How to prepare your tween daughter for puberty

Your daughter is growing up so fast. It seems like just yesterday you were rocking her to sleep and before you know it, she’ll be a woman.

And whether you’re ready or not, the important question is: Is she?

Between the mood swings, awkwardness and hormones, it can be a tough time to talk about puberty – or anything else for that matter. But if you’re armed with a little know-how and strategies, you’ll be able to get her through it. Here are 10 ways.

1. Know what to expect

Between the ages of 8 and 10, girls enter pre-puberty, yet many mothers and daughters don’t expect these changes to happen so early, according to Dr. Cara Natterson, a pediatrician and author of The Care and Keeping of You 2. “Their hormones are shifting and their bodies are starting to change very slowly,” she said. Hormones also play a big role in how your daughter thinks and feels, so she might be extra moody, chatty, or act silly.

2. Start with soap

“Hygiene is probably the easiest first step into conversations about body,” Natterson said. It’s important to talk to your daughter about keeping her body clean so it can grow well— such as washing her face, brushing her teeth and hair, and showering every day. It’s important considering some kids are not even taught to use soap, Natterson said. “Don’t assume your kid knows.”

3. It’s her life, not yours

“It’s not about you, Mom,” said Natterson, who added it’s okay to tell your daughter that you remember going through it, but be sure to put the focus on what she’s experiencing.

4. Go to the mall

Most girls love shopping, and it’s a great way to talk about her changing body, according to Dr. Tanya Altmann, a pediatrician in Westlake Village, Calif., and a designated spokesperson for the American Academy of Pediatrics. Offer to bring her to shop for a bra or new clothes, and you can use it as an opportunity to talk about puberty.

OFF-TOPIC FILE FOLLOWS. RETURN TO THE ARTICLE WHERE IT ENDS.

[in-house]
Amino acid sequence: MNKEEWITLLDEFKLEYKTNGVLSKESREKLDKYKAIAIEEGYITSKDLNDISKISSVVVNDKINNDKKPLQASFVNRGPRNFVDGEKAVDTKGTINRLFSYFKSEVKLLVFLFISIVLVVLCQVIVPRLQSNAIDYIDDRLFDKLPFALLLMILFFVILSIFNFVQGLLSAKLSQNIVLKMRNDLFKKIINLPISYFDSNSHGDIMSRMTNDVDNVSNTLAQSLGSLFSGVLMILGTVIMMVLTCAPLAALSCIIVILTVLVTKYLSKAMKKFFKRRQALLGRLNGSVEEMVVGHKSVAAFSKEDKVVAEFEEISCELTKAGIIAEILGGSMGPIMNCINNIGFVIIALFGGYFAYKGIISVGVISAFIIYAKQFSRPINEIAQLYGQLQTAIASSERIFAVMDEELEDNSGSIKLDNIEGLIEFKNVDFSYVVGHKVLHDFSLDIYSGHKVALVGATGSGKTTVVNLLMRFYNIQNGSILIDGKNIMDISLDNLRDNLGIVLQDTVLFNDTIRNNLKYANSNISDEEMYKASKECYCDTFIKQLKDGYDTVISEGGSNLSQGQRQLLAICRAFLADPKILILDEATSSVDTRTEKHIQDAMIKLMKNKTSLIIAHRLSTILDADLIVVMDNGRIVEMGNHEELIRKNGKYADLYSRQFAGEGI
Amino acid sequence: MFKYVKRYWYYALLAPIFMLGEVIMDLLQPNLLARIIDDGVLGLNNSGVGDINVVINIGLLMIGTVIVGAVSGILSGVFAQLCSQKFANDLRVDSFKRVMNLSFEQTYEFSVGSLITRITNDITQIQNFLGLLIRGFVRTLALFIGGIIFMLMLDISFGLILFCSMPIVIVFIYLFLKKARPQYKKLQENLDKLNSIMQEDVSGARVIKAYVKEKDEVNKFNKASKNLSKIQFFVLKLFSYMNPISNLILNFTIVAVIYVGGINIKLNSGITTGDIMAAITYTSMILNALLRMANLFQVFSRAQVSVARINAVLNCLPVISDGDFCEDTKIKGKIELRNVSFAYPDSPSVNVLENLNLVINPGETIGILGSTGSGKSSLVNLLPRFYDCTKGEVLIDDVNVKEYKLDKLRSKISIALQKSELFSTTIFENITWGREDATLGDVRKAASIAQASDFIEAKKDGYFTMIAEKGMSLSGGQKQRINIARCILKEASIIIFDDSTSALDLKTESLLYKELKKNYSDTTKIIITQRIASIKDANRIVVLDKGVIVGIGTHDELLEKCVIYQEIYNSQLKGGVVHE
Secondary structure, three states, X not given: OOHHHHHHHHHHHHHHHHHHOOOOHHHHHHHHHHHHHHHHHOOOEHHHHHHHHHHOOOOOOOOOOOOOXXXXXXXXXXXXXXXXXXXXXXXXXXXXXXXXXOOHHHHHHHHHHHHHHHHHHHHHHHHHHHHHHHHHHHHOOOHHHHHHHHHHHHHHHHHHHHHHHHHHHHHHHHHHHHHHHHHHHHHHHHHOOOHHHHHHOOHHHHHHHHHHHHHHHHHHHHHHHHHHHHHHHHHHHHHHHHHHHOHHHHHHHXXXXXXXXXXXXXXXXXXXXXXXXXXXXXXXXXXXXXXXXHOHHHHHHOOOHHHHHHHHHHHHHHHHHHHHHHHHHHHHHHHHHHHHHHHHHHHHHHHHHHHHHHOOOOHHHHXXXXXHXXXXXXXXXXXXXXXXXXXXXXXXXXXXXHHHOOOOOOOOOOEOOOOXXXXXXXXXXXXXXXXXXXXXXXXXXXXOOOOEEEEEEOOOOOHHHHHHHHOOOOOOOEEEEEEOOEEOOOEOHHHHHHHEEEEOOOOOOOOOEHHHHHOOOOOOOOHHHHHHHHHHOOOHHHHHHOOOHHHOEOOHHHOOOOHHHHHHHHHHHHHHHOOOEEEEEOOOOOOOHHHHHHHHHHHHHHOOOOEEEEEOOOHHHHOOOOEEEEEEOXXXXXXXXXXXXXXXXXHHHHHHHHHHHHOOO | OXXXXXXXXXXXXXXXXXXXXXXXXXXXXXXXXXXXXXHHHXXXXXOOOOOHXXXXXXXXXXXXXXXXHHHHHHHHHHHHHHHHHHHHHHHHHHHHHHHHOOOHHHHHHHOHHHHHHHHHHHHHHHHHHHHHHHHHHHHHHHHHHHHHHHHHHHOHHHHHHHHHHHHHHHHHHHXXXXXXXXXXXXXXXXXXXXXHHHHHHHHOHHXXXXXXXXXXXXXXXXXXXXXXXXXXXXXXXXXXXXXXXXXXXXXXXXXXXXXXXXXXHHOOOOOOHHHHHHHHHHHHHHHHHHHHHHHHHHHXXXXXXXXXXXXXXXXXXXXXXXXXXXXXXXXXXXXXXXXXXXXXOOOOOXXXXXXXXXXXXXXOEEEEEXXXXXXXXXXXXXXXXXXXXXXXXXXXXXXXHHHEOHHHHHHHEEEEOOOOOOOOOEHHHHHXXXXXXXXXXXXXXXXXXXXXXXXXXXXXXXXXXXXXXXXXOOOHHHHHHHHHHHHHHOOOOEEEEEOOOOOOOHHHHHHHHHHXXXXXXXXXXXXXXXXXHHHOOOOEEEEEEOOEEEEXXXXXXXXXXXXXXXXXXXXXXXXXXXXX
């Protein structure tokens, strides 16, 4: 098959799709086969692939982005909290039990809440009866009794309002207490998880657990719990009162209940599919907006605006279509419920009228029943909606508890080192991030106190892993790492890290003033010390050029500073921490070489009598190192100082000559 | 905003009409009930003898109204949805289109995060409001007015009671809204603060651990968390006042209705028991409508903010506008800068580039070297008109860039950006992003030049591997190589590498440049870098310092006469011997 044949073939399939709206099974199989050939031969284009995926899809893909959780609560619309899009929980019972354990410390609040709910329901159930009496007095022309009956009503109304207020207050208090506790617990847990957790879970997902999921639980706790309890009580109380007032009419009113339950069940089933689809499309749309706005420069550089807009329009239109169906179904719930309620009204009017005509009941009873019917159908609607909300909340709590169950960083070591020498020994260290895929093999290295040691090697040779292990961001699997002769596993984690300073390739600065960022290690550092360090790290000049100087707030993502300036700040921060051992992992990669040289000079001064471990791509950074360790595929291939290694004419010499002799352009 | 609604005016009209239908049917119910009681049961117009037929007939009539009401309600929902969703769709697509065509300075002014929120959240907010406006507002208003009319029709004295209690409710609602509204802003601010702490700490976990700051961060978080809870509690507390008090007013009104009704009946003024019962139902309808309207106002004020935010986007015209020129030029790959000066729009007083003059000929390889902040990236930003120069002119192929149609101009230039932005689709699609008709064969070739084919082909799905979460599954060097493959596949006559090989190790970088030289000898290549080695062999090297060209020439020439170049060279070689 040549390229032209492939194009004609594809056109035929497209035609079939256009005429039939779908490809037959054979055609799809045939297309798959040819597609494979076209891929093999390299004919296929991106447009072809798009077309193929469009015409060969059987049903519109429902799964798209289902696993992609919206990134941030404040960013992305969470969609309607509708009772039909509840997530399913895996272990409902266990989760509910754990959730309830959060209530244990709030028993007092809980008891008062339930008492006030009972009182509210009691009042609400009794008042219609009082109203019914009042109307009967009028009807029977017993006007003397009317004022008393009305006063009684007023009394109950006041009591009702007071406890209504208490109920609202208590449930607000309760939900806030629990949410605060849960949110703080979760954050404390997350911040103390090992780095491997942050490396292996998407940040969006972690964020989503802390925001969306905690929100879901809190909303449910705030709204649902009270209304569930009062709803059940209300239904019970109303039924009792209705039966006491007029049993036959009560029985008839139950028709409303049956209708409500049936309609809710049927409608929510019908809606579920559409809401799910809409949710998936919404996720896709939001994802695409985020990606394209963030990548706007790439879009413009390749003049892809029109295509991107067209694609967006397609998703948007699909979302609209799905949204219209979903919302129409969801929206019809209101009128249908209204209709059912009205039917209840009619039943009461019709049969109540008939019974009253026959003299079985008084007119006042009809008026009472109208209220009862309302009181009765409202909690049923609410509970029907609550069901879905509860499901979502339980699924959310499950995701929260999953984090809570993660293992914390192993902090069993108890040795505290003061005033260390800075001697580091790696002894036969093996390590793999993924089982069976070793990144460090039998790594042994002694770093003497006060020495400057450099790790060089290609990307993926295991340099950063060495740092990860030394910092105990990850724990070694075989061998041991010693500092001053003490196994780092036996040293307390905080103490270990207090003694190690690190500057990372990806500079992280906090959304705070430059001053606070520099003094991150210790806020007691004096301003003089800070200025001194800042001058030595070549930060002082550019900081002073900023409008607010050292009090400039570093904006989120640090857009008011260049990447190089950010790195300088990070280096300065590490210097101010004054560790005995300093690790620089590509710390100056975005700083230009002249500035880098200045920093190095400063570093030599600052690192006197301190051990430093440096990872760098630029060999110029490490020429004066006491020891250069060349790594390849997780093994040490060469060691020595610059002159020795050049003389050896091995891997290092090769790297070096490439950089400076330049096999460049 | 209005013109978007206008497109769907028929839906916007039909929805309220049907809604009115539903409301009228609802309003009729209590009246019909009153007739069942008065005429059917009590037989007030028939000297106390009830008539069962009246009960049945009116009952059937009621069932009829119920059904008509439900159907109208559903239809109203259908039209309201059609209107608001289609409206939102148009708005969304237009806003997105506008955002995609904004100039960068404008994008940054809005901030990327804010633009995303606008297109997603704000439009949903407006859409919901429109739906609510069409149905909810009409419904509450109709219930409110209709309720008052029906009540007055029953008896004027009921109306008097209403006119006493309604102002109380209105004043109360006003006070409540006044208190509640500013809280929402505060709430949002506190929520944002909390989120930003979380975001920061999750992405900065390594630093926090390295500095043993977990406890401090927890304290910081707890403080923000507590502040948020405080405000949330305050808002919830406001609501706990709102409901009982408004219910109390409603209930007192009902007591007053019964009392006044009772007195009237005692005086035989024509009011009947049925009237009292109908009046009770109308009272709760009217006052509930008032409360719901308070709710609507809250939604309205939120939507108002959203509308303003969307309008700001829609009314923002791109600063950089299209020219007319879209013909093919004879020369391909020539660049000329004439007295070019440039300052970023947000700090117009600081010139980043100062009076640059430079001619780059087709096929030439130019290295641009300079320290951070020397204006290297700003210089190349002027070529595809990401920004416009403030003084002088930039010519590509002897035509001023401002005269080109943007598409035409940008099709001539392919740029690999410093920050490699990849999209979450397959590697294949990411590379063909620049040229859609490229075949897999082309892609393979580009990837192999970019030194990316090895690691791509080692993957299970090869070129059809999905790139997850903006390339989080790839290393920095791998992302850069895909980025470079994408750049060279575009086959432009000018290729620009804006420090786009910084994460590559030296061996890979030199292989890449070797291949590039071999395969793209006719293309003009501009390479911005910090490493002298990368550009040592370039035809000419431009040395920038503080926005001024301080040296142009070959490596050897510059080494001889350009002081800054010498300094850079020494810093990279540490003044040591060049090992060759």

5. Be her No. 1 source of information

It’s important that your daughter knows that you will always be honest and give her the facts when she needs answers. “If you’re not honest, or forthcoming or clear about it, they’re going to go find someone else or go online themselves,” Natterson said.

6. Talk about it frequently

“This is not a one-off conversation,” Natterson said.  A series of age-appropriate talks over the years is best, she added. Think you’ve missed the boat?  “It’s never too late to start.”

7. Don’t look her in the eye

It can be really awkward to talk about her body and her feelings, so make eye contact off limits. “If you’re bringing up something that’s embarrassing or vulnerable, and you’re looking right at your kid, your kid’s not going to be able to answer, ” Natterson said.  Instead, talk during a car ride, on a hike or on a run.

8. Know when to stop talking

Your daughter might feel uncomfortable talking about puberty, but even if you want to press on, “you stop when your child is embarrassed,” Natterson said. Your daughter will tell you she’s had enough.  If she’s eager to continue talking, however, go for it.

9. Model a healthy lifestyle

Making sure your child eats healthy, exercises, and gets enough sleep is not only important as she develops, but it sets her up for a healthy future. In fact, a recent study in the International Journal of Obesity found that kids whose moms who encourage them to eat well and exercise and model those same behaviors were more likely to follow suite.

10. Foster self-esteem

Strong self-esteem is tough at this age, but encouraging self-confidence now will set the stage for the future. If your daughter is overweight, for example, talk about eating healthy and exercising rather than beauty or numbers on the scale.

Encouraging your tween to find friends who are similar to her and can help build her up is also important. “Whether it’s right or wrong, their whole world revolves around their friends,” Altmann said.